In many ways similar to the GlassRoom in NYC recently, a space to explore data and privacy, The News Room should be about what news is, what data is, what are facts , what is journalism and storytelling. It can be quite broad, images to words.

A physical space can host events, including:

Hacks/Hackers – A regular meetup.

A 1000 Words – invite people to talk about a single image and what it means, to them, to the world.


The (in)securities of everyday life.

I am revisiting a question I was asking myself a while back, what do some words mean to people. Words that feature heavily in the current narrative of our world.

  • Privacy
  • Security
  • Power
  • Protection
  • Intimacy
  • Trust
  • Community
  • Privilege

If nothing else just the fact that the English / Western language dominates the conversation in IT and the west (with Privacy Policies and the like). So I want to ask you what does one of these words actually mean to you.

You can fill in a form here:

You just describe one word per submission, you don’t have to do each word, you can do it as often as you like, you don’t need to leave a name and email, just tell me what that word means to you.

I hope to create a small body of work, using photography, from this initial question, so if you do leave an email I may be in touch to discuss that, but otherwise your name and contact details will not be used for anything else.

Please let me know what these words mean to you and ask others to do the same.

A small research project proposal

In the current climate, it is quite reasonable for someone to decide that they need to secure their digital environment. In fact there are plenty of good reasons for doing this anyway and there are many occupations where such thinking about security should be part of the job. What I want to pose is the idea that someone, anyone decides that they want to do this.

Now I want to set some constraints, they are not overly technically savvy. They do not live in the computer science world. They know how to use a computer and more specifically have been exposed to systems and tools such as Tor and Qubes.

But given this if they had to go and buy equipment from the highstreet, what would they pick? How can they evaluate what they need to do to protect themselves online? Do they need Qubes or is it best for them to know secure practice on Windows and if they did need something like Qubes how do they evaluate hardware in the shops against the hardware support list as published on the qubes website.

As a project this would cover a wide range of disciplines, from understanding the technical abilities and compatibilities (and possible risks) from off the shelf, domestic hardware through to technical and social guidance on how to secure your digital life.

Co-Op Kit

What is the minimal technology set that could be made available online to allow you to create a Co-op based service?

That is the basic question that I think I am trying to ask right now and most of it is probably out there just not collected together. So how can it be brought together?

Lets say, ok, lets say I want to create a co-op uber type service. Taxi service for an area, a community of location. What would you need to design such a service, what are the core technical enablers to quickly get from paper to service.

I know that there are uber style co-ops out there already and lots of pondering on what an co-op uber would look like. Part of the question is, is it a federation of local ubercoops or a larger entity that works locally? Uber is mostly what it is because it got investment (which expects a healthy return on that investment) to quickly get running in lots of places, scale. It has to channel the money back into the central point to return on that investment. An Uber co-op, well money would stay within the community.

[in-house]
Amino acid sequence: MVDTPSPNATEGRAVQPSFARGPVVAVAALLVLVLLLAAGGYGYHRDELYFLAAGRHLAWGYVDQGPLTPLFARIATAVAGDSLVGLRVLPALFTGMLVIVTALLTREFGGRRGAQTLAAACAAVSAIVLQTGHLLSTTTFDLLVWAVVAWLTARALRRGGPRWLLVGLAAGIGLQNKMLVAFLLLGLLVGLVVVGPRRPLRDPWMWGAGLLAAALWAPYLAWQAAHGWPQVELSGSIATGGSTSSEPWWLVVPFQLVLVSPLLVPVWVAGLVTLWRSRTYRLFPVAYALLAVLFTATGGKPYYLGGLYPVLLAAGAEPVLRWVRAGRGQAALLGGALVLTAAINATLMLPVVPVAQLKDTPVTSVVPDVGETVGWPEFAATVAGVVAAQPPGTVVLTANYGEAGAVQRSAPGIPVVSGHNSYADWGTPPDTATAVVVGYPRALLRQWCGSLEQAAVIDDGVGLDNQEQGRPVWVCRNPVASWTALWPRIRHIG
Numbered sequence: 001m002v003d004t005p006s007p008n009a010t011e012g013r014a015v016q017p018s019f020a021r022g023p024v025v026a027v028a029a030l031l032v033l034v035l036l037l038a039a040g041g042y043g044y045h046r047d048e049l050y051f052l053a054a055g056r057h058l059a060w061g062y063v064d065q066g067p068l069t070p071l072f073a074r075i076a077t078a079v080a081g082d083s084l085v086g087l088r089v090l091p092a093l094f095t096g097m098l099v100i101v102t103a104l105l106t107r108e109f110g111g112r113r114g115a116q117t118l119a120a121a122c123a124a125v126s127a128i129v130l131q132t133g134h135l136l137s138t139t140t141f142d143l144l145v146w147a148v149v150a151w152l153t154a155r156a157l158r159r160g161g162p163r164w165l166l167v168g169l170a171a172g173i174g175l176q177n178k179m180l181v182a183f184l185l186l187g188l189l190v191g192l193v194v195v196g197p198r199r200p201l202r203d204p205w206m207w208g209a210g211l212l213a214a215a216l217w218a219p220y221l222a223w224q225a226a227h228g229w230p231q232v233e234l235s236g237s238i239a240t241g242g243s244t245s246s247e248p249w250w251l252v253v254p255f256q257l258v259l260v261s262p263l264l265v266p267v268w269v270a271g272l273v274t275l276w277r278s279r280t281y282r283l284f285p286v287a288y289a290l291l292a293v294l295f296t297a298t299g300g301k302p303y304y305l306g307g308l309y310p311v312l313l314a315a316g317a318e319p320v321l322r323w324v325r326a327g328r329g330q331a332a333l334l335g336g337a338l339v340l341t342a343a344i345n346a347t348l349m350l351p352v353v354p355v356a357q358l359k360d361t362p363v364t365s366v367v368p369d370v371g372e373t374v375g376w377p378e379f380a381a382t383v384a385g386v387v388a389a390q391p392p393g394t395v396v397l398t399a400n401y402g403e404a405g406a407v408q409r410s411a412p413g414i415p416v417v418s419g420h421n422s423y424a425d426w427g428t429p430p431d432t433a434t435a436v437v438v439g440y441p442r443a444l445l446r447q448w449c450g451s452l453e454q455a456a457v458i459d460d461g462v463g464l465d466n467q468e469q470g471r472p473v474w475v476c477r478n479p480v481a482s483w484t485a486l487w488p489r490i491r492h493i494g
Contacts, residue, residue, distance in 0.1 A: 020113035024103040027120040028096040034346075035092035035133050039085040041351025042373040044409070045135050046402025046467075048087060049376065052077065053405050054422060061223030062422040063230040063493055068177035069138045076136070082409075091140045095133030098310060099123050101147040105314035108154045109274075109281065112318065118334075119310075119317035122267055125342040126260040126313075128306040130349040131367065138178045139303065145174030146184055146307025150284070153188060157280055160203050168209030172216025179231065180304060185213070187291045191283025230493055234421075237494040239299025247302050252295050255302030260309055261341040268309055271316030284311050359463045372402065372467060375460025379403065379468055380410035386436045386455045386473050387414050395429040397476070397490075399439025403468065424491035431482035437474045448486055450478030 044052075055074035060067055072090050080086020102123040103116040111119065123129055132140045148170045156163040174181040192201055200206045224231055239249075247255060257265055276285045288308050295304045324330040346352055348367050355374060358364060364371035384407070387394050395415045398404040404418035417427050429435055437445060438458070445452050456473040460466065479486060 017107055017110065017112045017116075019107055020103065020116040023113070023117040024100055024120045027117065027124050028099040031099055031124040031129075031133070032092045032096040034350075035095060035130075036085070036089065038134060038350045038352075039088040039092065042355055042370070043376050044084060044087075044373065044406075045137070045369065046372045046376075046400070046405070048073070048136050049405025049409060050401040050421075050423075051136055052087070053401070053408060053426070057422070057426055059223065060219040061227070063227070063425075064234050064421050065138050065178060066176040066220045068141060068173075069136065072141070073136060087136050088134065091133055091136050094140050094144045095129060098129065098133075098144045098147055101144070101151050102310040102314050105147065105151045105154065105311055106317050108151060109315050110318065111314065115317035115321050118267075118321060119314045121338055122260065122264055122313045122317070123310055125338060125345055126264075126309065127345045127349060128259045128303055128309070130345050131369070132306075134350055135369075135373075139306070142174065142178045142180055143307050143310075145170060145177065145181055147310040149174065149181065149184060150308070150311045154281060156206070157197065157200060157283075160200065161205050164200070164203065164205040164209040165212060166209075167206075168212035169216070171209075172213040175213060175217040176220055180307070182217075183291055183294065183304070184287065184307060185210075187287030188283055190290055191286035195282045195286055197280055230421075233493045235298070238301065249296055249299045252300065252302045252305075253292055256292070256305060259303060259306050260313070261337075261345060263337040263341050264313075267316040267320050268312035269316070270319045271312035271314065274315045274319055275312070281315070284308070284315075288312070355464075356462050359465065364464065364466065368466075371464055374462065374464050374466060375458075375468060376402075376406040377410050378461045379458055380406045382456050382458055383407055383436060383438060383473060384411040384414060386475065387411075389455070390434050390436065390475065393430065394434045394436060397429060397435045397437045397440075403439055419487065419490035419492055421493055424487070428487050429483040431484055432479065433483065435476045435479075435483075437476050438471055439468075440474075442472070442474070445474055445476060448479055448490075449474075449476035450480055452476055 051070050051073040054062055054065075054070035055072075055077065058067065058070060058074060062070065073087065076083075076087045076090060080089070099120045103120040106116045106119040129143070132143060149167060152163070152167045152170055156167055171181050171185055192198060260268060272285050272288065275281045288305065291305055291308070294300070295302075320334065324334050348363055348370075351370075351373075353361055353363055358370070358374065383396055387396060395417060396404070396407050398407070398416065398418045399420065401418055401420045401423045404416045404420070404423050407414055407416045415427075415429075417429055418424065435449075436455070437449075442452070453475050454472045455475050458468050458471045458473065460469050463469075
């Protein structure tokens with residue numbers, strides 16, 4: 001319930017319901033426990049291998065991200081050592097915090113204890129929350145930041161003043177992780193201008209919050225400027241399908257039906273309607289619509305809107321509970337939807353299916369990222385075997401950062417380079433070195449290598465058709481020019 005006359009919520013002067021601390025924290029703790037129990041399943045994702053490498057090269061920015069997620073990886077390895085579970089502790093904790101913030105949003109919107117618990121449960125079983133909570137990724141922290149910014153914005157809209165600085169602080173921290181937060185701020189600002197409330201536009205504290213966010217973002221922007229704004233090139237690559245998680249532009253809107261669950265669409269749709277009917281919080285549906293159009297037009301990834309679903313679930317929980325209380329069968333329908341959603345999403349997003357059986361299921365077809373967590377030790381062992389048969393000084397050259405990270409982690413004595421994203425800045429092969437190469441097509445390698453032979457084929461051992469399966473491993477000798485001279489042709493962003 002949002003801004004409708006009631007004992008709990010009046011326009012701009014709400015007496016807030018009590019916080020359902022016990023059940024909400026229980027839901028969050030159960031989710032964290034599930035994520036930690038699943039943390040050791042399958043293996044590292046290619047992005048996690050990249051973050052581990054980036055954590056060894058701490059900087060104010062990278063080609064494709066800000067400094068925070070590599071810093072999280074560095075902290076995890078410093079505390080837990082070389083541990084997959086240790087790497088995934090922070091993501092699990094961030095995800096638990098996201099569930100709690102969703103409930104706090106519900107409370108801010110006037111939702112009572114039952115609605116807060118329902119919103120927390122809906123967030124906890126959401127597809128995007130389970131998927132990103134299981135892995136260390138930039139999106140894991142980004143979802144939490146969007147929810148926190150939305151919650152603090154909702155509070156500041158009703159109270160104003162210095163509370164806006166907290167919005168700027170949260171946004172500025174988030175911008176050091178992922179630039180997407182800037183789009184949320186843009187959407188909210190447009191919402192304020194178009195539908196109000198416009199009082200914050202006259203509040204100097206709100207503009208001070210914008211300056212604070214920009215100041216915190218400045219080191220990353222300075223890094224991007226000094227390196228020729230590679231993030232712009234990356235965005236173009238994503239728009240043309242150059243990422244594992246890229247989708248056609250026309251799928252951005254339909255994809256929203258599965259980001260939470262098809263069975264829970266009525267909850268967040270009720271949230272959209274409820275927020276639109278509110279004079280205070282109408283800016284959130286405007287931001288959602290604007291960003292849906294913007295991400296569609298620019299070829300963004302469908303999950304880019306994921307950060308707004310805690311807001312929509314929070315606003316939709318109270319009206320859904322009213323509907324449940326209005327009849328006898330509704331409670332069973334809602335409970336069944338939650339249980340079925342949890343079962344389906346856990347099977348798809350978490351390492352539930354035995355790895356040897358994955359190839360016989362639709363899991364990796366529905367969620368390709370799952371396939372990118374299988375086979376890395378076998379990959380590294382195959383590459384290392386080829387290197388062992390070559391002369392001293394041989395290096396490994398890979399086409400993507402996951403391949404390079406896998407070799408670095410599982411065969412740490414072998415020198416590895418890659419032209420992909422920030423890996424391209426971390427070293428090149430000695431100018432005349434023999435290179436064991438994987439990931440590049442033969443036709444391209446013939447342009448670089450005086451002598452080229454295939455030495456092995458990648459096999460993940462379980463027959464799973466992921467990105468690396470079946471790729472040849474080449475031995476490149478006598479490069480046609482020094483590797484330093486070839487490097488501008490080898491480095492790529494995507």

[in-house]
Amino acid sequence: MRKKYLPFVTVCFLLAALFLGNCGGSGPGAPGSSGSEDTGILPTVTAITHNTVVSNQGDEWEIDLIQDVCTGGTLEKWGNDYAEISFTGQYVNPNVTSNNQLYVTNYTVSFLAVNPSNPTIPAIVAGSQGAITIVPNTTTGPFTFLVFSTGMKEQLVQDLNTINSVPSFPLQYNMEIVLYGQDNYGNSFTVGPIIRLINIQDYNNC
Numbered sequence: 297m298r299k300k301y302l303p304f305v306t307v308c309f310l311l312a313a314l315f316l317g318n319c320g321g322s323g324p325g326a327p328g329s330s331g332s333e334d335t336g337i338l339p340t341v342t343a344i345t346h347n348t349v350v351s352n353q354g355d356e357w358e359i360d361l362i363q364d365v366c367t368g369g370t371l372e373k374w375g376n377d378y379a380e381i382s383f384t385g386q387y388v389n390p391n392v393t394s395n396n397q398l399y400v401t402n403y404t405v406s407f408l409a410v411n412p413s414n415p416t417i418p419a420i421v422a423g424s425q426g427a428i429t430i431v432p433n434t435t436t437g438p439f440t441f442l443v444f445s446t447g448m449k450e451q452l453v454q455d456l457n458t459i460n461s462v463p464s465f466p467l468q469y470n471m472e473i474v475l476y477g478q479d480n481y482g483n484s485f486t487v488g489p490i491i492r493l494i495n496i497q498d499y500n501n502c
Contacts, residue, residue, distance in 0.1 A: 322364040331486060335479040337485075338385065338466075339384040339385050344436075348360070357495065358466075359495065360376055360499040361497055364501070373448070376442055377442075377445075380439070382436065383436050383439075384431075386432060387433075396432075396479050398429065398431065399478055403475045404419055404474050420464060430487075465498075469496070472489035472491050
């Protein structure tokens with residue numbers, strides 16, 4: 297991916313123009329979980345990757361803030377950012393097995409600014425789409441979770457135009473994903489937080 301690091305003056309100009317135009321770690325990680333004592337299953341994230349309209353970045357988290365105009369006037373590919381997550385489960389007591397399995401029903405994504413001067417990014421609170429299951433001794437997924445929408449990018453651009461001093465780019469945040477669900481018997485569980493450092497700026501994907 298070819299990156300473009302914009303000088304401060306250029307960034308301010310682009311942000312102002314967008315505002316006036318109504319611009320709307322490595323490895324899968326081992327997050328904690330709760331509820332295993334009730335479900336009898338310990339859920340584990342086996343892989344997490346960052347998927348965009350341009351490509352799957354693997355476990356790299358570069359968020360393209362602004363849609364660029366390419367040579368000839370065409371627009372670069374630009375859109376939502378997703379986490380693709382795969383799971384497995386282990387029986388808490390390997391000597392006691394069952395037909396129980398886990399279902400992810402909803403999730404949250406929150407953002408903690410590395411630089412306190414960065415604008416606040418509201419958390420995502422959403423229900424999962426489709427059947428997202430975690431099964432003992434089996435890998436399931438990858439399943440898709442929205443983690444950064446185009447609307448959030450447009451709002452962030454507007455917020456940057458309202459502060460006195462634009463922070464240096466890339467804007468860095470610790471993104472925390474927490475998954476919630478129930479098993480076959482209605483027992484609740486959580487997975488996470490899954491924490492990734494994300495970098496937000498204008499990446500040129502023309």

(In fact from a quick search this post discusses this in some interesting detail).

I’m just wondering where in the tech bits we can grab some common infrastructure, then build the unique bits of a service and roll it out, to the benefit of all, maybe by community, it would allow it to get to the scale it needs to be.

Peer Economy Research Proposal

[For many reasons I can’t go into my current affiliation would not be able to help me get this proposal in and fully signed off for the FuseLabs current call.

So I thought I would post it here, its still a draft as I can’t submit it but think that its an interesting problem that could do with investigation.

If you know of any links or work that should be looked at regarding this (either bits already done, or work that could relate) then please leave a comment.

I’ll try and do the work as and when I can, or when some funding for time can be found. If anyone else can do it then please let me know what you find out:]

Proposal for FuseLabs Research 2015 Peer Economy Research Awards

The language of the Peer Economy is one of sharing, sustainability and resilience. It is targetted at users who believe in a community, yet one who sees all items as a commodity.

Whereas before we would have looked at an object and when it was not in use it would remain in a number of possible states:

  1. Ornamental
  2. Functional – Potential
  3. Functional – Dormant

Many of the platforms that are now described as part of the Peer or Sharing economy try to make use of these objects so that they remain in these other states for less time.

In the process many of these platforms assign a value to these objects, so that there can be some kind of transaction in return for the use of the object.

This project aims to prepare a number of mappings of this economy, to examine the physicality of the organisations, users and objects across the globe and understand the boundaries of the communities of presence for the objects.

It also aims to map the flows within the platforms, of the data and interactions as well as the financial flows. Where does capital, the value designated within the objects end up?

Finally we look at the language used in description of the platform, particiaption (e.g. terms of service, policies and sign-up forms).

This is then presneted as an atlas of the Peer Economy, where necessary noting the potential mappings into the exitsing capitalism markets, where the perception of sharing and peer may differ from other uses.


design for everyday life